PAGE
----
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REM1875
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Posted: September 22 2018 at 9:20am | IP Logged Quote REM1875

I got to tell you when the adrenaline starts flowing
training kicks in. After that it's the best ya can do......
The individual is probably gonna second guess what happens
afterwards .........and so are others who were not
there.....
Remembering rules, regulations and laws usually are not at
the fore front of of the thought process.
As a matter of fact if you are reviewing laws, rules,
regulations, checking background for safe shot placement
then you probably are in a situation   where pulling the
trigger might not the best choice.....
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RT58
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Posted: September 23 2018 at 8:39am | IP Logged Quote RT58

REM1875 wrote:
I got to tell you when the adrenaline starts flowing
training kicks in... Remembering rules, regulations and laws usually are not at
the fore front of of the thought process.
As a matter of fact if you are reviewing laws, rules,
regulations, checking background for safe shot placement
then you probably are in a situation   where pulling the
trigger might not the best choice.....


Police officers are put into these situations on a daily basis, yet they are not trained any better than the average citizen, and usually a lot worse. If you can't train in shoot-no shoot situations at least read up on it, and focus on it, continually until it's part of your thinking process.

The whole purpose of training is to make you more aware of what is happening and to be able to handle it more calmly and not in an absolute, mindless panic. Officers I'd talked to after shootings were quick to say it wasn't like anything they'd ever trained for. Maybe training should be based more on reality and less on games that have nothing to do with it.
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turbo1889
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Posted: September 25 2018 at 1:56am | IP Logged Quote turbo1889

In response to the previous posts, especially the one
directly above.

I have been in one deadly force defensive situation,
it was not against a human but against an attacking
dog who chased me down on my bicycle and got ahold of
my leg and made me crash my bicycle and then after I
crashed went for my neck and chewed on the back of my
neck and tried to chew on the sides and front of my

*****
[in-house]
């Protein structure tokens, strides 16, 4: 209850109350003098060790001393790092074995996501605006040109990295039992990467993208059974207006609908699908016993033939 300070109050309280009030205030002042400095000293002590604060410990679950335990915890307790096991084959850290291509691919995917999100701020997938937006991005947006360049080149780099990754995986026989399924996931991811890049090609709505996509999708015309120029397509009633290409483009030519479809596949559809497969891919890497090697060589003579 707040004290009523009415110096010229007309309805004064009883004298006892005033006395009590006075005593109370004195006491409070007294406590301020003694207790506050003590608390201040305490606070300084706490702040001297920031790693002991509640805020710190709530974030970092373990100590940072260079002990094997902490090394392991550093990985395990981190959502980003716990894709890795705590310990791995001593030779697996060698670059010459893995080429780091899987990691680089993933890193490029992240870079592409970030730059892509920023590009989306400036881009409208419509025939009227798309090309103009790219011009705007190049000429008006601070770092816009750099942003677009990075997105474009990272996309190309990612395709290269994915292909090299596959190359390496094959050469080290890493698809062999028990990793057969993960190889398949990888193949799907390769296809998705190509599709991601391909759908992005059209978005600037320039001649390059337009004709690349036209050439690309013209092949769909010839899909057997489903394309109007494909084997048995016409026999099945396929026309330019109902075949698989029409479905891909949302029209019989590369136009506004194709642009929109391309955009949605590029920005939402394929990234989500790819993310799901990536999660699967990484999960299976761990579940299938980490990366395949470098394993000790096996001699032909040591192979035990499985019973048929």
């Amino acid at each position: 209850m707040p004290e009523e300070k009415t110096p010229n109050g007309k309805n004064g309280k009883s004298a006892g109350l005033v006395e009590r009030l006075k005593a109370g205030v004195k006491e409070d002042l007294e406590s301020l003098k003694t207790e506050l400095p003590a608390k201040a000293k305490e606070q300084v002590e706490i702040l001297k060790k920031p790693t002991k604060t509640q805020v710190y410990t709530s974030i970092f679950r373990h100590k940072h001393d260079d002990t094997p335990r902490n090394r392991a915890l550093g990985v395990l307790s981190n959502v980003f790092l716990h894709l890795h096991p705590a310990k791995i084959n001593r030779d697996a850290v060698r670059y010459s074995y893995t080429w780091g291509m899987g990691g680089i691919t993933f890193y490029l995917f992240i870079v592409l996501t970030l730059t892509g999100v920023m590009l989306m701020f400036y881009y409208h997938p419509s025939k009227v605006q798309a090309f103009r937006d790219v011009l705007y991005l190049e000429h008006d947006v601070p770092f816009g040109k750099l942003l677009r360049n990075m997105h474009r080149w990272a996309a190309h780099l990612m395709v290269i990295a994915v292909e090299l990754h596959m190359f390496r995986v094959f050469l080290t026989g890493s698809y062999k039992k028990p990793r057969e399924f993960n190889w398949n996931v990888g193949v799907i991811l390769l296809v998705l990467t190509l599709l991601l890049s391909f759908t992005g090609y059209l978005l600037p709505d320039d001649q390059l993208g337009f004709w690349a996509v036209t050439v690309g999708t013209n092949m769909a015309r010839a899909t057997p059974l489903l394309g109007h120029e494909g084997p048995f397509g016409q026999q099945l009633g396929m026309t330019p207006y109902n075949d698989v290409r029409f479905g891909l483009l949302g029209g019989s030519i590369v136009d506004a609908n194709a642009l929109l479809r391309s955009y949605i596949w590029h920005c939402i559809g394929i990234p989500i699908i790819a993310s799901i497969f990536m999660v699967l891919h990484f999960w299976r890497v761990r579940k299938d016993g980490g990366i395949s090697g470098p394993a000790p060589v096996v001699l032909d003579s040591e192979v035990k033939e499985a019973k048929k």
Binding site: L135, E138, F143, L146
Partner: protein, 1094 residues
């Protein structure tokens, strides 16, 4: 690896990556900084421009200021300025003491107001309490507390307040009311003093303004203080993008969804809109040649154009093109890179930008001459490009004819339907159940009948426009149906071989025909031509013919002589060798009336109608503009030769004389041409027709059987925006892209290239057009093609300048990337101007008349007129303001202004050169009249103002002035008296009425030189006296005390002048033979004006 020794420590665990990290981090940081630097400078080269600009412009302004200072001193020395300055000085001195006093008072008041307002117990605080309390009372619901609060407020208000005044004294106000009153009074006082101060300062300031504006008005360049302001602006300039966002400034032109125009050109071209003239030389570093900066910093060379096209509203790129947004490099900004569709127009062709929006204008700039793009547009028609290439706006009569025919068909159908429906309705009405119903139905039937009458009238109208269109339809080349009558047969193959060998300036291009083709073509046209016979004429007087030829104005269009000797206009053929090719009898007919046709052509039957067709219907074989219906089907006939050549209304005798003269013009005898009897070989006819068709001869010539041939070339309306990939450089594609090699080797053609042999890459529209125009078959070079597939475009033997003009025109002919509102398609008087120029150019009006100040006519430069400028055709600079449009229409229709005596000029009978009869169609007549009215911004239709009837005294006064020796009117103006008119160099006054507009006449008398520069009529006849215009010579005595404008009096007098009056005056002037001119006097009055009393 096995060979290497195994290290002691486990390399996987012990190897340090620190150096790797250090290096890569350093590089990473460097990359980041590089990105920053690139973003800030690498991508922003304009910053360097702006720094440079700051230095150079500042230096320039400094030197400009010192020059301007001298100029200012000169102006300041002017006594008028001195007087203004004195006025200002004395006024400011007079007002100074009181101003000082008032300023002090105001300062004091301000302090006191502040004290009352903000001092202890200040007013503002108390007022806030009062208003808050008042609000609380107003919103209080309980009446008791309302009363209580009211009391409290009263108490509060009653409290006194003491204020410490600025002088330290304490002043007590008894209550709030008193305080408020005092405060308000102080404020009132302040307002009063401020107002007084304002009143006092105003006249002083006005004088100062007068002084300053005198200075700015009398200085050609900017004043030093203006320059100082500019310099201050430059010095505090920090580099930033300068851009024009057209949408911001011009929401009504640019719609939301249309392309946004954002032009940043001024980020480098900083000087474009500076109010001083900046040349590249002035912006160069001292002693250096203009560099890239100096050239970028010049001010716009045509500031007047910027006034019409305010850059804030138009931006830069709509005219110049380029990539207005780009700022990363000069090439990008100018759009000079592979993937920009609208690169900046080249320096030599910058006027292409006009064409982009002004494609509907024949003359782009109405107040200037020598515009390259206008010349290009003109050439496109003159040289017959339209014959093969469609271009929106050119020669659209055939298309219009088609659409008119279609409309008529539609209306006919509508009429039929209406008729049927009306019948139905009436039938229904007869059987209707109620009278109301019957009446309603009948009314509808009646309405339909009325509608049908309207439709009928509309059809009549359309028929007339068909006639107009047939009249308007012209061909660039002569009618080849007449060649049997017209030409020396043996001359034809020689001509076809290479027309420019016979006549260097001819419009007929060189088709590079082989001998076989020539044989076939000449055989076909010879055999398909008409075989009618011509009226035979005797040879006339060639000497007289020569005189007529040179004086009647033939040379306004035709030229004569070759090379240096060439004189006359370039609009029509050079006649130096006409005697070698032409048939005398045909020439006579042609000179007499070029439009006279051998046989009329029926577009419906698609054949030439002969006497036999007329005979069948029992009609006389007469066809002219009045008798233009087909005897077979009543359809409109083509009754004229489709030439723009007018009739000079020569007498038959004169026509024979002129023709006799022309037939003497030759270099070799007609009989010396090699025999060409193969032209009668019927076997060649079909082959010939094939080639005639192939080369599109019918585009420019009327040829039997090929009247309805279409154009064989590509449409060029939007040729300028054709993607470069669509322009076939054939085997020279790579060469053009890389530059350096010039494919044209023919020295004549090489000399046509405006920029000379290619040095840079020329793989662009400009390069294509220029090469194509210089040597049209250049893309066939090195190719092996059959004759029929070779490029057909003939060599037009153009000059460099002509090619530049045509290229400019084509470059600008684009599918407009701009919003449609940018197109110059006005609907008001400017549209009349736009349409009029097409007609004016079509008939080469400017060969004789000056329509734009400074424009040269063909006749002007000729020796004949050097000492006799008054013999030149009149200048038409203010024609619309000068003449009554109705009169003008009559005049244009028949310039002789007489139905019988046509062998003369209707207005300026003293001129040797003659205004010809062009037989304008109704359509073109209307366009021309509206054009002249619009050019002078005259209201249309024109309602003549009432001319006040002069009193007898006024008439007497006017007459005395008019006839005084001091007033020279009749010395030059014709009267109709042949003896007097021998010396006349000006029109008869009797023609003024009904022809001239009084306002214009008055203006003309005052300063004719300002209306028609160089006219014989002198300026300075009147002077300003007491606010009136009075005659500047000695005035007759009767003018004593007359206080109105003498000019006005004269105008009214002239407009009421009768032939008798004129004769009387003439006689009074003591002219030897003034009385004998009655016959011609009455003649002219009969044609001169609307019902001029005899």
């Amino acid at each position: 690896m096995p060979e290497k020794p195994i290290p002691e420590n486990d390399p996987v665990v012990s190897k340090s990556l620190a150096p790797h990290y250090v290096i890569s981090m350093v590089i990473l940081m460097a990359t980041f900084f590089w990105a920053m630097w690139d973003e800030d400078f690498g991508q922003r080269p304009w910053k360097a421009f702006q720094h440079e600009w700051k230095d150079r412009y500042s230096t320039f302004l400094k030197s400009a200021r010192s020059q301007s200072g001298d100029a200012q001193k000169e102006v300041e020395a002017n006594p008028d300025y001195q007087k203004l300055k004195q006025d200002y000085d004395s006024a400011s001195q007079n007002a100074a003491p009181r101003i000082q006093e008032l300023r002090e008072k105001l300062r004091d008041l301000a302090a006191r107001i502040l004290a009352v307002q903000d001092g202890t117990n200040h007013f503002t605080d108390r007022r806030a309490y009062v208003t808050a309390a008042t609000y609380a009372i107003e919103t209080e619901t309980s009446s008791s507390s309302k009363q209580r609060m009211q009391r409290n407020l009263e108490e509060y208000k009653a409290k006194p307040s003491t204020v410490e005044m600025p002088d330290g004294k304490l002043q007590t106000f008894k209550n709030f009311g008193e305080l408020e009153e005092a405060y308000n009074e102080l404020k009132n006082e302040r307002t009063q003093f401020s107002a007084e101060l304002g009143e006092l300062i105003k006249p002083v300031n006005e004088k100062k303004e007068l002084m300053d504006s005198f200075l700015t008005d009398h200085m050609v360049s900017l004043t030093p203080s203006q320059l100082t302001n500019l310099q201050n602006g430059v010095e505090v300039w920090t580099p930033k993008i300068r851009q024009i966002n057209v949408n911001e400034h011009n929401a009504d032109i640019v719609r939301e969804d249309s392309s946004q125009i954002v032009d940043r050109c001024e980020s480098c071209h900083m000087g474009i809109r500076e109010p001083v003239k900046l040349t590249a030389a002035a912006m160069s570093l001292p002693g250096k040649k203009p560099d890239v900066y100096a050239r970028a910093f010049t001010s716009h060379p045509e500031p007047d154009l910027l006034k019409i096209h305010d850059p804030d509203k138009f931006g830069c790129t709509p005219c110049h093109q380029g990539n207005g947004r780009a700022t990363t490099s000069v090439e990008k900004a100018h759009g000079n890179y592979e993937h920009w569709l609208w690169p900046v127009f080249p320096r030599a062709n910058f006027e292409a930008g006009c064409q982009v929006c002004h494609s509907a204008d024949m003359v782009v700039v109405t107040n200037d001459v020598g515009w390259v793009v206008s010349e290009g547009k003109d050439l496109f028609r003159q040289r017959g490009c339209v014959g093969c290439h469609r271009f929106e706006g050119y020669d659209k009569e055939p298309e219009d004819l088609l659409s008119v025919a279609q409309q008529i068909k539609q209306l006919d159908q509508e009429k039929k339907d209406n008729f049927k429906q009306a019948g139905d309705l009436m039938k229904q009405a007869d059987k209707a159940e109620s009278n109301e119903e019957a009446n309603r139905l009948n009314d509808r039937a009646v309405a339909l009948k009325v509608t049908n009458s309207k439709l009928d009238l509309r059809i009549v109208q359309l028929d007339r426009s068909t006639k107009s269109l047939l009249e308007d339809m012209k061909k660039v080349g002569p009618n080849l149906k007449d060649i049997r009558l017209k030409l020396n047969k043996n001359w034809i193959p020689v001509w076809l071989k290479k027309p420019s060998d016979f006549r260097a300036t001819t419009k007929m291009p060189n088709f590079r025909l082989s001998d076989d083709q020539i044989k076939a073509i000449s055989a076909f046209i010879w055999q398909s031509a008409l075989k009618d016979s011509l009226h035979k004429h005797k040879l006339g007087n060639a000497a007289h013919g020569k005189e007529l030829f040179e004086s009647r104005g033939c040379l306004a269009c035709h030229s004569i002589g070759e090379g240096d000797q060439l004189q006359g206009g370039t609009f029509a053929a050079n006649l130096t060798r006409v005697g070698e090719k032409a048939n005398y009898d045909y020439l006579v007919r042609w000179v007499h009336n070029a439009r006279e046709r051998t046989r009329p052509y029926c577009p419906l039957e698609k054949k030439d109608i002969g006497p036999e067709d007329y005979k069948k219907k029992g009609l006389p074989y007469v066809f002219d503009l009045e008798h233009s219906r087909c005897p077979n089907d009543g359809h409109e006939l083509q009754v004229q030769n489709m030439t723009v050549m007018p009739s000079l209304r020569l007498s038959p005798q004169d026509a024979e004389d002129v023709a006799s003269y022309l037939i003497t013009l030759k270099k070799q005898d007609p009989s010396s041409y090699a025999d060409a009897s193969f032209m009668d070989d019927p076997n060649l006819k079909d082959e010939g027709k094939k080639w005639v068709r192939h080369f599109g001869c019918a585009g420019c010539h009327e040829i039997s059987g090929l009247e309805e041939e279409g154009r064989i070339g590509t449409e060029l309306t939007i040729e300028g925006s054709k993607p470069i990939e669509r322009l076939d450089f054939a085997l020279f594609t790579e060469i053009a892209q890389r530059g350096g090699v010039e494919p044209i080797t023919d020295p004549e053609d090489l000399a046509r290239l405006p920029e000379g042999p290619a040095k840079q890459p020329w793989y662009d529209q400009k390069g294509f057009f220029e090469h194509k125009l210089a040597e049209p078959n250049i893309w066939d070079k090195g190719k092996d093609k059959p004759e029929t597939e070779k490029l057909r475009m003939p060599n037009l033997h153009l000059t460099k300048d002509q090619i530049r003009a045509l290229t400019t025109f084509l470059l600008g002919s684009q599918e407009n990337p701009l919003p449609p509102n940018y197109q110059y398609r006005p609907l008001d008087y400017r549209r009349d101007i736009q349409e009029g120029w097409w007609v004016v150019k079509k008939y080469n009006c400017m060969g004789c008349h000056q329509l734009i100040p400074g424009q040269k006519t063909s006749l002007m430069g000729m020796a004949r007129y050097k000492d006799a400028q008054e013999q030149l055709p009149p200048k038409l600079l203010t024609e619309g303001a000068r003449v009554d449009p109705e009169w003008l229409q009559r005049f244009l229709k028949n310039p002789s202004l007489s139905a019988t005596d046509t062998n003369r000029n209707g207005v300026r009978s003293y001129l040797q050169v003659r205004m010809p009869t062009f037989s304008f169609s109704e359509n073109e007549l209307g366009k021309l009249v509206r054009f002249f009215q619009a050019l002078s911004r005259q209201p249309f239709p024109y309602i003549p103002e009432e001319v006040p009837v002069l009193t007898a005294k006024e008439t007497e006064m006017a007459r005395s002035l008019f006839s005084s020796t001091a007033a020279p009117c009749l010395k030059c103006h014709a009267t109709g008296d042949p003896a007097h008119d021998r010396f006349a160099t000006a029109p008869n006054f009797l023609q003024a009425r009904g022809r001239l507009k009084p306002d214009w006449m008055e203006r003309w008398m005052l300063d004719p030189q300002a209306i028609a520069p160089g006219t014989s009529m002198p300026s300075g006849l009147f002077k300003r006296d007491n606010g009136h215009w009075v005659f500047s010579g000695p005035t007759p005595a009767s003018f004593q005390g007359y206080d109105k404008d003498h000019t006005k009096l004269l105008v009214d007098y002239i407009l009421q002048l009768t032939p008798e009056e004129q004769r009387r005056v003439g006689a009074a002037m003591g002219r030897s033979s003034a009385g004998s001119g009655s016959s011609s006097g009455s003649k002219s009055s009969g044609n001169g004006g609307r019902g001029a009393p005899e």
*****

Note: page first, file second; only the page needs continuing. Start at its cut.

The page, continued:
neck but I was able to shield with my arms and hands
while fighting to get up above the dogs level. Once I
finally got up the dog went back to chewing on my leg
and doing the "tub of war" thing throwing its weight
from side to side with its jaw clamped on my leg
trying to drag me back down again.

I was able to get off three safe, aimed shots all of
which were hits on the dog and all of which were fired
in a downward angle such as to hit the ground after
going through the dog or if I missed (gun was loaded
with richoshay resistant loads, I was glad I planned
ahead on that). It was a conscious choice to make the
shots in a safe manner and to make them aimed shots
(was not only a matter of hitting the target but also
a "no-shoot" that was my own leg that had to be
avoided).

Part of those results was training:

In my younger teenage years it was from my Grandfather
who was a Marine in the occupation of Japan (he would
have been in the invasion of the home islands if they
hadn't of surrendered after the two A-bomb drops) and
then through the duration in Korea and was state-side
for the early years of Vietnam working on developing
better training programs for the boys about to be
shipped over. The brass above him didn't like some of
the changes his group pushed and little to none of it
was adopted and he retired in frustration. Started
with basic gun handling skills but went beyond that
later, he expected you to not panic and still keep
your muzzle down range when he came up beside you and
with no warning literally walloped you up side of your
head so hard it would knock you and your rifle to the
floor off the shooting bench at the range. He would
then demand you immediately make a string of good hits
immediately right there from where you had been
slammed to the ground.

As a young man I'm ashamed to say that the thought of
pointing my rifle somewhere other then at the proper
targets downrange did cross my mind a time or two.

Doing something like that today to a barely teenager
would probably get you booked for child abuse.

But then, in the one incident I've actually been in I